Can anyone or anything (Police, ANPR, etc.) tell that I am a provisional driver if I drive on my own with no L plates, even if it’s insured?
To my knowledge, police can only tell that the car is insured, not that it’s on a full or provisional insurance, unless they run checks if getting pulled over for another reason. Can someone confirm this to me please?
I know, driving on a provisional is risky business, so save the lectures please.
If I drive with L plates on, which is what I am suppose to do, but I drive on my own because no one is available to come with me, that would be a red flag as I must be accompanied by a qualified driver 21 years+ and have their license for more than three years.
If I drive without L plates, whether I’m in my own or not, surely my car will still show that it is insured, so that can’t be a reason to be pulled over right?
If they can see that it’s on provisional insurance, and I have no L plates and no one with me, I’m fucked, I know. But I drive sensibly, so my driving ability won’t be questioned. Though I know I can be pulled for many other reason ie a brake light is out.
So in conclusion - can the police or ANPR tell that my insurance is on provisional or not? If not, then getting away with driving on my own with no L plates would be easier to get away with, until I get pulled over or have an accident of course.
- Obi Wan KnievelLv 71 month ago
Yes they can. It's called a traffic stop. And since you were talking about valid reasons, you're not going to like what counts as a valid reason.
Cops don't need to see an actual technical violation in order to stop you. They can just see how you're driving, get a feeling that something isn't quite right, and that's all the probable cause they need to conduct a traffic stop. And they know what to look for: Choppy braking / acceleration, jittery cornering, over-correcting, wobbling within a marked lane, passing within __ M of a pedestrian crossing, and a thousand other little nuances that tell them this person is either very new to driving or slightly drunk. Any and all of those are perfectly reasonable grounds to stop a vehicle, just to make sure everything is OK if for no other reason.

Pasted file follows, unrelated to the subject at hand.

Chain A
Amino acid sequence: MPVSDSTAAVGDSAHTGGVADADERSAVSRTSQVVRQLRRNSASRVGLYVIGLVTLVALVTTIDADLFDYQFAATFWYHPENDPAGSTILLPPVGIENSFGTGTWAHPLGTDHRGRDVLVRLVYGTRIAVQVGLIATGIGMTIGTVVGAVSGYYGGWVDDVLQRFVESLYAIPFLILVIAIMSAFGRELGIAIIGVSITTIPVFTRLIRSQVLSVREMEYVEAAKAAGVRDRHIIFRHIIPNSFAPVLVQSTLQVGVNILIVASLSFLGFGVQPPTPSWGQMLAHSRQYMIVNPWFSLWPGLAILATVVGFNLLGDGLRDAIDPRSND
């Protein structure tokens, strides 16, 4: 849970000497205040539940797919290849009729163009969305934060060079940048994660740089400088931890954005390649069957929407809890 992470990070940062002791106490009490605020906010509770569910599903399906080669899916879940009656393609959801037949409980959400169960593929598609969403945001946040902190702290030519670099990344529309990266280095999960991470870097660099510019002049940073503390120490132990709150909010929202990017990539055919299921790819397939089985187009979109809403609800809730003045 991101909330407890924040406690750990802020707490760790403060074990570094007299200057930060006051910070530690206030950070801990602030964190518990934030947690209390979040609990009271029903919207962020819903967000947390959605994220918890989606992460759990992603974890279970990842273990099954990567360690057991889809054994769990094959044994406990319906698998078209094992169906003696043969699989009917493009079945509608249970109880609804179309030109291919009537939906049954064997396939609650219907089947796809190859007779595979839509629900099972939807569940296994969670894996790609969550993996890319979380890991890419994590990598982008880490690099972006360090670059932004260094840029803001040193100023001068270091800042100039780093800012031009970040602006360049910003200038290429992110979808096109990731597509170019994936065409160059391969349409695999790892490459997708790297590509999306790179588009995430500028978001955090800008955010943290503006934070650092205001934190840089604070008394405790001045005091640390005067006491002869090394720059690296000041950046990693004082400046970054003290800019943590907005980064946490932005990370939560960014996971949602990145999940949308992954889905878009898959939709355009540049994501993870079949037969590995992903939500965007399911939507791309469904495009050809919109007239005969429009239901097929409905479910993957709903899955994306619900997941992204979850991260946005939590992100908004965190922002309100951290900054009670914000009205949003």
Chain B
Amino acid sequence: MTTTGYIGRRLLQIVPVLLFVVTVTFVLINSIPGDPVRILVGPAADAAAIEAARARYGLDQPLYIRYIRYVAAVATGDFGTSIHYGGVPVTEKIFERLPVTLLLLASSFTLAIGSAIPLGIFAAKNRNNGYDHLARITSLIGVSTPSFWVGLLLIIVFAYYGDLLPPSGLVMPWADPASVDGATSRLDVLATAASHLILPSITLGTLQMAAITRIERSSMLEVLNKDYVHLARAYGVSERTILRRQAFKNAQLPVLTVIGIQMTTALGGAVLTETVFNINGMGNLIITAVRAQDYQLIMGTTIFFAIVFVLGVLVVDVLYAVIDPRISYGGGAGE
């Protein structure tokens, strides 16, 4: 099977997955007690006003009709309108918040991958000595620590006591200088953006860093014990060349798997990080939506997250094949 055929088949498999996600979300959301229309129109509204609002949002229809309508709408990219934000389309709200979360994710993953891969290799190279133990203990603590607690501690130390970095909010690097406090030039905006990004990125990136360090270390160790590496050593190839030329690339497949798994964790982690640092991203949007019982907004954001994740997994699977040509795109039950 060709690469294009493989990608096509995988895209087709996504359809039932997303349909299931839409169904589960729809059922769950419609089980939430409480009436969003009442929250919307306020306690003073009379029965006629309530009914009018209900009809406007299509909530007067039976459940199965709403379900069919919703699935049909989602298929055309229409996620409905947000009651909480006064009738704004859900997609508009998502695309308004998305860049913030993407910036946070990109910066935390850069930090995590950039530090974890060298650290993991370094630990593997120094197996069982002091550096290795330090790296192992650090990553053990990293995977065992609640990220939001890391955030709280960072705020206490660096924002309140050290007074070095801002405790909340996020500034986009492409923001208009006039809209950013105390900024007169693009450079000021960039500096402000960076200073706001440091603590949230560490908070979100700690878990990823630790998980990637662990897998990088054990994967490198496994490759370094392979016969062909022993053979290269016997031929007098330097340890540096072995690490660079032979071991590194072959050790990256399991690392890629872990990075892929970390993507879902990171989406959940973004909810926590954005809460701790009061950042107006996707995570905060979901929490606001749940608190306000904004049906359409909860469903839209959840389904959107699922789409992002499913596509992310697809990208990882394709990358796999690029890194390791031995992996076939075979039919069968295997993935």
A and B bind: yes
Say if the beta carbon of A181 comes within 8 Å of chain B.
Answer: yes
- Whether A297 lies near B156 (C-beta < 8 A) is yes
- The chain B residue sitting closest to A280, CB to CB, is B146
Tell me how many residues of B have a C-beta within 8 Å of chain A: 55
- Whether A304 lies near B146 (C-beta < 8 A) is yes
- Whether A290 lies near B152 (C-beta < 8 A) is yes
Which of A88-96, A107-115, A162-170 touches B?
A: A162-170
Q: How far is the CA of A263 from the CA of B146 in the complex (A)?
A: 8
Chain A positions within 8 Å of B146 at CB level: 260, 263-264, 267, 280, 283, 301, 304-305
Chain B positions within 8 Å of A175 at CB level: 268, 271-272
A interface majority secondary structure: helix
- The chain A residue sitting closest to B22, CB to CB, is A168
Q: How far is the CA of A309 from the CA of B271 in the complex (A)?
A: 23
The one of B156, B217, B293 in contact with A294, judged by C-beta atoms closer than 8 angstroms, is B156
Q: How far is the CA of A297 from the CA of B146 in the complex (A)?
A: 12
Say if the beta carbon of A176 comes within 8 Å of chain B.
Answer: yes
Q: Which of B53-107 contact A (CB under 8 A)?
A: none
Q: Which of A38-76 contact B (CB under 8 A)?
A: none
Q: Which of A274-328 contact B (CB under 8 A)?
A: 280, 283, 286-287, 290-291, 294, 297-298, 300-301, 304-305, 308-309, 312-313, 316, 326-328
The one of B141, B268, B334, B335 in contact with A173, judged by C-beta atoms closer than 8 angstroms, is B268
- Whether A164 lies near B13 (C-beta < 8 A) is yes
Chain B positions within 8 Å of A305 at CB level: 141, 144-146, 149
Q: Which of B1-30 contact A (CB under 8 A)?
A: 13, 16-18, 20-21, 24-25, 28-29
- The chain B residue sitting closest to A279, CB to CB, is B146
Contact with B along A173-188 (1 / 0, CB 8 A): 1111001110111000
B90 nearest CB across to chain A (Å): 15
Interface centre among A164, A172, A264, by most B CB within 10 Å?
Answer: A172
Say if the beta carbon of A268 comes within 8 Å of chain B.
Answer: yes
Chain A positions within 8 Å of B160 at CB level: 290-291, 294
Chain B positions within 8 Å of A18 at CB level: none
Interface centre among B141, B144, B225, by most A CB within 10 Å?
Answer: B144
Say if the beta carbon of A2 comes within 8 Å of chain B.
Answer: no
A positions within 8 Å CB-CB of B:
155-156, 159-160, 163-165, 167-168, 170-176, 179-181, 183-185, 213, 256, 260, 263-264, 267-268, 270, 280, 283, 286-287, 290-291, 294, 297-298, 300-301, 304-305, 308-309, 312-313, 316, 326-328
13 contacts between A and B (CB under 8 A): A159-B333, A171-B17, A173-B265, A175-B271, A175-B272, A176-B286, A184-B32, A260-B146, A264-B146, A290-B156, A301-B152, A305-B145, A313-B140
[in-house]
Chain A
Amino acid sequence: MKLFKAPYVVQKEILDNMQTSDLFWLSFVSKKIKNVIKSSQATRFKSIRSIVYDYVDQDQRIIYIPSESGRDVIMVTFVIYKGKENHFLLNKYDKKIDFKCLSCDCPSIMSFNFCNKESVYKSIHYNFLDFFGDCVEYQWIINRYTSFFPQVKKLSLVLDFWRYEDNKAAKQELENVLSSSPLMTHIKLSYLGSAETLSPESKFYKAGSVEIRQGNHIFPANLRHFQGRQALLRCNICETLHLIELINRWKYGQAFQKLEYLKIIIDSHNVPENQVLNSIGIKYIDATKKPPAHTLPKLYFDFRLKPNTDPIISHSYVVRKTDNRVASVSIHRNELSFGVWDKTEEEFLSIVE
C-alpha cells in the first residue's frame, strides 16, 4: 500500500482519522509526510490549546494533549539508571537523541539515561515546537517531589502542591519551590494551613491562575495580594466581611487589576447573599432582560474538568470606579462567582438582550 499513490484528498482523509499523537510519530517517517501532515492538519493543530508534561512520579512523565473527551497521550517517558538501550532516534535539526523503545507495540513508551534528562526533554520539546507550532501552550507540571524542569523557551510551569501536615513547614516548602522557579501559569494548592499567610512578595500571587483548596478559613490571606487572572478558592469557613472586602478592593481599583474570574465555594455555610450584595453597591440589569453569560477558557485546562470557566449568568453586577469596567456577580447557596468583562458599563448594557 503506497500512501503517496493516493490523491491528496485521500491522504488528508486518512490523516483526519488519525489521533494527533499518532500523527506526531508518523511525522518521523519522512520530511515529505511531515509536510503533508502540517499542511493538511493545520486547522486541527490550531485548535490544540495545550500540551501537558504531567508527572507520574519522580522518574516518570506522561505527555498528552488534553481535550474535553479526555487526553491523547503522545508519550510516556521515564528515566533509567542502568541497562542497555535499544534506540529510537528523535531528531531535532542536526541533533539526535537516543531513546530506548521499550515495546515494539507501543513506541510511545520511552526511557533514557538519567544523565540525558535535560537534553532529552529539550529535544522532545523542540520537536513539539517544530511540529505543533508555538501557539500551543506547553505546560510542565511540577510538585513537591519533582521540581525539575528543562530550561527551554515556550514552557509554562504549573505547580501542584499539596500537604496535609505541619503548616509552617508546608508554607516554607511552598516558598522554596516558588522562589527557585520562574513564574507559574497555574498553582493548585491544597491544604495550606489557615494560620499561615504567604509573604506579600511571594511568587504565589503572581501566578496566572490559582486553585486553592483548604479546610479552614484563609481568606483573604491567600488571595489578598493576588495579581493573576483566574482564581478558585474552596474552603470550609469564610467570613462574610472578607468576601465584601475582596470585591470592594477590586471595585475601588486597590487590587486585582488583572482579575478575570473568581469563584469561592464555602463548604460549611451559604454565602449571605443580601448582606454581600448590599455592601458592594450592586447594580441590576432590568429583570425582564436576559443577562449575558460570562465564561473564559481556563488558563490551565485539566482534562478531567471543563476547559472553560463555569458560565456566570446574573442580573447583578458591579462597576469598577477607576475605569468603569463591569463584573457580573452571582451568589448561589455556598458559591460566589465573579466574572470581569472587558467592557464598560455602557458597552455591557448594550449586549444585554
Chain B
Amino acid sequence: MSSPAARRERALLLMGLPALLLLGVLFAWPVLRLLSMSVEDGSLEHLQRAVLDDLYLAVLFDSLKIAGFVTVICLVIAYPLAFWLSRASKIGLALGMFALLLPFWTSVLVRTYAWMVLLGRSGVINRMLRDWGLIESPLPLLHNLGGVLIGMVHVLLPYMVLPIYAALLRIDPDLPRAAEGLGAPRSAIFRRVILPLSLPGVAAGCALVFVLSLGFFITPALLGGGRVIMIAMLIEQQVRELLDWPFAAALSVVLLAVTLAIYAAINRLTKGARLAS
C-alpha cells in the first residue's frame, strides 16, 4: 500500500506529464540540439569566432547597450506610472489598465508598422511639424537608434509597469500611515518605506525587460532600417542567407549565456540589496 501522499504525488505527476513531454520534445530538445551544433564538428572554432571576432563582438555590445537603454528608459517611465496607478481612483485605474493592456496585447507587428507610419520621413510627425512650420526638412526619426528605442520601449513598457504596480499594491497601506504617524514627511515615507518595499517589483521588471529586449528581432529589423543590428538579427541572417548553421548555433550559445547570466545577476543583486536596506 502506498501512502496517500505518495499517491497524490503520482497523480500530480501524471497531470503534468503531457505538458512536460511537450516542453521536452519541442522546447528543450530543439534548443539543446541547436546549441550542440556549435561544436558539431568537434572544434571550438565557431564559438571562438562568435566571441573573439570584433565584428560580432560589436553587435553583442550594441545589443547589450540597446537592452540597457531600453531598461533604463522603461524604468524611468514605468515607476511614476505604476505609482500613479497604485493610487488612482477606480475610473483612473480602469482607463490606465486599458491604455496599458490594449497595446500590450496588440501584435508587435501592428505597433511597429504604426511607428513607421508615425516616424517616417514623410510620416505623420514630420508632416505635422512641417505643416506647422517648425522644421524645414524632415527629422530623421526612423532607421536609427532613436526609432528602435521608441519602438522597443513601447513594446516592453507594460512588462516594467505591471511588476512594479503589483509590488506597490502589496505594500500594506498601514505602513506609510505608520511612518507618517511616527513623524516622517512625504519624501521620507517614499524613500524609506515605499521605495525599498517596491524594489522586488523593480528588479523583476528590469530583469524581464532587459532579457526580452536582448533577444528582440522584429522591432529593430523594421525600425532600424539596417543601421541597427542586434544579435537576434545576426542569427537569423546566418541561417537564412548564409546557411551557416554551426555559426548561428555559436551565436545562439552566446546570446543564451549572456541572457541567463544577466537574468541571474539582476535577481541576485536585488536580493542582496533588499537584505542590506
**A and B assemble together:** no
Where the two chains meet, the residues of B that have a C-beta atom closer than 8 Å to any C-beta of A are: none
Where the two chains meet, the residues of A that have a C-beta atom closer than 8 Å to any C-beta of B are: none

And what's the first thing cops ask for when they do a traffic stop? And then they've got you, and you're not going to smooth-talk you way out of it. You said it yourself that you know it's risky, so there goes the defence that you didn't know. You don't need a lecture on driving, but you do need a lecture on gambling.
Only gamble when there's something you can win. And if you do this thing you're asking about, the best you can hope for is a tie. Gambling when your best possible outcome is breaking even isn't gambling, it's just really stupid.
- Anonymous1 month ago
Won't save the lectures. You are UNINSURED, PERIOD. Now you may drive good, but accidents happen because someone makes a mistake. In this case it would be "someone Else" but as far as you are concerned you want to have nothing to do with the cops. They will see you were not suppose to be on the road as all, so the fine for that is $500maybe? and seizure of the car is also a maybe?
. If someone gets hurt you or the other party, then you have either high medical bills OR A LAWSUIT that will rob you of your future income for a hell of a long time.(also cashing in on the money you do have in stuff like car, furniture, house, boat, etc)
Is it worth it? Ans. NO
You never know when a concern neighbor will report you as not being LEGIT. (or any of your so called friends)
Can you gamble? Yes
Can you LOSE. "YES"
Nothing is worth possibly being denied from EVER having a driver's license. THAT COULD HAPPEN, TOO.
- PeterLv 71 month ago
The short answer is no. The data provided to the police through ANPR is the registered keeper of the vehicle, and whether it is insured. As Bill said below, if you are a learner and you drive unnacompanied by a qualified driver, then you would invalidate the insurance. If you were stopped, the car would be seized and you would be arrested.
- BillLv 61 month ago
In the USA, your insurance would be invalid if you were driving unaccompanied. I don’t know about the UK but I would be surprised if your insurance would cover an accident. Don’t do it.